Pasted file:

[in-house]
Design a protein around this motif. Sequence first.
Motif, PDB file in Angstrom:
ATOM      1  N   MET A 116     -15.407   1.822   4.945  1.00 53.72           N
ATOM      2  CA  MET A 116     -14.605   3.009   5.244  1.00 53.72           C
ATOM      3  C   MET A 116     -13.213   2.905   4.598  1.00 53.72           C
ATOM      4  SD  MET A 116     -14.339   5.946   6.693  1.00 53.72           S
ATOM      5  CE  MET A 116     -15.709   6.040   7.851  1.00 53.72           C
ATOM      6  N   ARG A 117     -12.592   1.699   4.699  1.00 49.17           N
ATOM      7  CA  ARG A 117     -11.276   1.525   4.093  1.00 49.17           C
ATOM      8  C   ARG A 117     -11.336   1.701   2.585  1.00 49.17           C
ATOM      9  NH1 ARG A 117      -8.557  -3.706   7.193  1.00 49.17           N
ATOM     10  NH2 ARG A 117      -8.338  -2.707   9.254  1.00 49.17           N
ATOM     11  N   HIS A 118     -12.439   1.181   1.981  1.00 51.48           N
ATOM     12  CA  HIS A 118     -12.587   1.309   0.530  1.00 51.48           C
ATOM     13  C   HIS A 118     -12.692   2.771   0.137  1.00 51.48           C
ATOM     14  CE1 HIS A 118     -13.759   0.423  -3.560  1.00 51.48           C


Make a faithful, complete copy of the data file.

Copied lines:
[in-house]
Design a protein around this motif. Sequence first.
Motif, PDB file in Angstrom:
ATOM      1  N   MET A 116     -15.407   1.822   4.945  1.00 53.72           N
ATOM      2  CA  MET A 116     -14.605   3.009   5.244  1.00 53.72           C
ATOM      3  C   MET A 116     -13.213   2.905   4.598  1.00 53.72           C
ATOM      4  SD  MET A 116     -14.339   5.946   6.693  1.00 53.72           S
ATOM      5  CE  MET A 116     -15.709   6.040   7.851  1.00 53.72           C
ATOM      6  N   ARG A 117     -12.592   1.699   4.699  1.00 49.17           N
ATOM      7  CA  ARG A 117     -11.276   1.525   4.093  1.00 49.17           C
ATOM      8  C   ARG A 117     -11.336   1.701   2.585  1.00 49.17           C
ATOM      9  NH1 ARG A 117      -8.557  -3.706   7.193  1.00 49.17           N
ATOM     10  NH2 ARG A 117      -8.338  -2.707   9.254  1.00 49.17           N
ATOM     11  N   HIS A 118     -12.439   1.181   1.981  1.00 51.48           N
ATOM     12  CA  HIS A 118     -12.587   1.309   0.530  1.00 51.48           C
ATOM     13  C   HIS A 118     -12.692   2.771   0.137  1.00 51.48           C
ATOM     14  CE1 HIS A 118     -13.759   0.423  -3.560  1.00 51.48           C